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Sticks and stones

7 July 2015 By Una Galani

Elliott’s battle with Samsung could get even uglier. The U.S. activist hedge fund has already taken its fight against South Korea’s largest chaebol to the courts, and been ridiculed in cartoons published by the group. Now it has picked up stakes in two more companies that form part of the sprawling empire. That gives Elliott a new lever to oppose the ruling Lee family over a $9 billion merger.

The fund is fighting the family’s attempt to merge construction firm Samsung C&T into Cheil Industries, the conglomerate’s de facto holding company, arguing the current terms are too stingy. Elliott already owns 7 percent of C&T and the new investment probably increases its total outlay on Samsung by more than a quarter, Breakingviews calculations suggest.

The purchases in Samsung Fire and Marine Insurance and battery-maker Samsung SDI, confirmed by Samsung Fire and Reuters, will have little direct impact on the deal. Combined, the pair own 12 percent of C&T. But they could let Elliott make a lot of noise. South Korean investors with shareholdings of 1 percent or more can sue company directors and see who else owns stock.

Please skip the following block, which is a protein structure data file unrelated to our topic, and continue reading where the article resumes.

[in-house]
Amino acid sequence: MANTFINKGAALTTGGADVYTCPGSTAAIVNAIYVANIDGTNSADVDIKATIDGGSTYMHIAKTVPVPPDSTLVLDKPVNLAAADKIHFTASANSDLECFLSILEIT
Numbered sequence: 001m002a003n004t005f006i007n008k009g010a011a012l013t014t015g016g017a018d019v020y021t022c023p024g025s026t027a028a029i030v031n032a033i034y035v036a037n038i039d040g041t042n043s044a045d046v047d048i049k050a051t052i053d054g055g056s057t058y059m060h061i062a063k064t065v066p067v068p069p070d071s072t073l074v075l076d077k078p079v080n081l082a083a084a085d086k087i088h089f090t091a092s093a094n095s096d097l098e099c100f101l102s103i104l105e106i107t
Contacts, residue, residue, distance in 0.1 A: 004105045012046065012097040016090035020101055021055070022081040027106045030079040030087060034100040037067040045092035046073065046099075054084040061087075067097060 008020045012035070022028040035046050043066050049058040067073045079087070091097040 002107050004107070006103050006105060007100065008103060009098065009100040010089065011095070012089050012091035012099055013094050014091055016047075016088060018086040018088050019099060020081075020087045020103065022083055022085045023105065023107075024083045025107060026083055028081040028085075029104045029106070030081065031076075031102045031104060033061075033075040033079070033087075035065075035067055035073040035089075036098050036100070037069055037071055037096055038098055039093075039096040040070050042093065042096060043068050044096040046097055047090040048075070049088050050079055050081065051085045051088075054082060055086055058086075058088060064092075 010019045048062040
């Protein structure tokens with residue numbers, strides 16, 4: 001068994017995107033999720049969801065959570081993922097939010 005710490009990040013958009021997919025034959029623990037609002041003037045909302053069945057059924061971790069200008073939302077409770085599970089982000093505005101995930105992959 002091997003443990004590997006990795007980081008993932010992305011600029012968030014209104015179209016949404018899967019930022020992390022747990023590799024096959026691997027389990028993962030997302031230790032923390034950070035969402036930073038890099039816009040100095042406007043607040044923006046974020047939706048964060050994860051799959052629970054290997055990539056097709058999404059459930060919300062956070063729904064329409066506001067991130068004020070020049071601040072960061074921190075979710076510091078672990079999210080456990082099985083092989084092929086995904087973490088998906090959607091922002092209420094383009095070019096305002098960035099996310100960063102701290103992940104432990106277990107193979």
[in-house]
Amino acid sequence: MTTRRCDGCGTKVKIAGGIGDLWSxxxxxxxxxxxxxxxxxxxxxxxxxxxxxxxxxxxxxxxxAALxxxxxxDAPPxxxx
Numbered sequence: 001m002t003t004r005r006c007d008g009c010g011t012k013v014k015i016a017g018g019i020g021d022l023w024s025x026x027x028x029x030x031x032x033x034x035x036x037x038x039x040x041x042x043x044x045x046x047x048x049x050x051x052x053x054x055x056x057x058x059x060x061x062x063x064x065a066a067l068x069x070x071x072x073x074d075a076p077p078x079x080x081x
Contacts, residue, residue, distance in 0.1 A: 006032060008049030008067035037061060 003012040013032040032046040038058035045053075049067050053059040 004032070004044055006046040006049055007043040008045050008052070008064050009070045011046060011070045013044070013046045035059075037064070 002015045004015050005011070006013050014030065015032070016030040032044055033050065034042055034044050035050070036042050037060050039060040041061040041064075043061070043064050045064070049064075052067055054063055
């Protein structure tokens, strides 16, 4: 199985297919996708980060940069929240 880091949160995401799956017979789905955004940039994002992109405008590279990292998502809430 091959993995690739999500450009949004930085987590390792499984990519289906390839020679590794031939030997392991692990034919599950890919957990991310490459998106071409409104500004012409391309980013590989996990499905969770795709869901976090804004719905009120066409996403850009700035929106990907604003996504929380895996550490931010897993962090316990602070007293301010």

Elliott’s offensive comes after courts rejected two of its legal challenges against the merger. Now the spread between C&T shares and Cheil’s offer is at around its lowest since Elliott first emerged on the scene, suggesting hopes for a sweeter deal are fading.

Another potential worry for Elliott is that South Korea’s National Pension Service increased its C&T stake from 10.2 percent to almost 12 percent sometime in June after C&T shares had risen above the implied offer. It’s unclear what motivated NPS. It staged a wholly symbolic protest against another chaebol merger recently. But NPS could conceivably back Samsung here – even if that meant making a loss on its most recent purchase.

For now, it’s too close to call. The merger requires two thirds of votes cast to pass. Assuming shareholders with as much as 65 percent of the shares turn out on July 17, shareholders holding just 22 percent of C&T could block it. NPS is critical but Elliott can expect some help from other independent investors, especially after two leading proxy groups suggested voting no. Whatever happens, Elliott has bought itself a new stick to beat Samsung.

 

 

 

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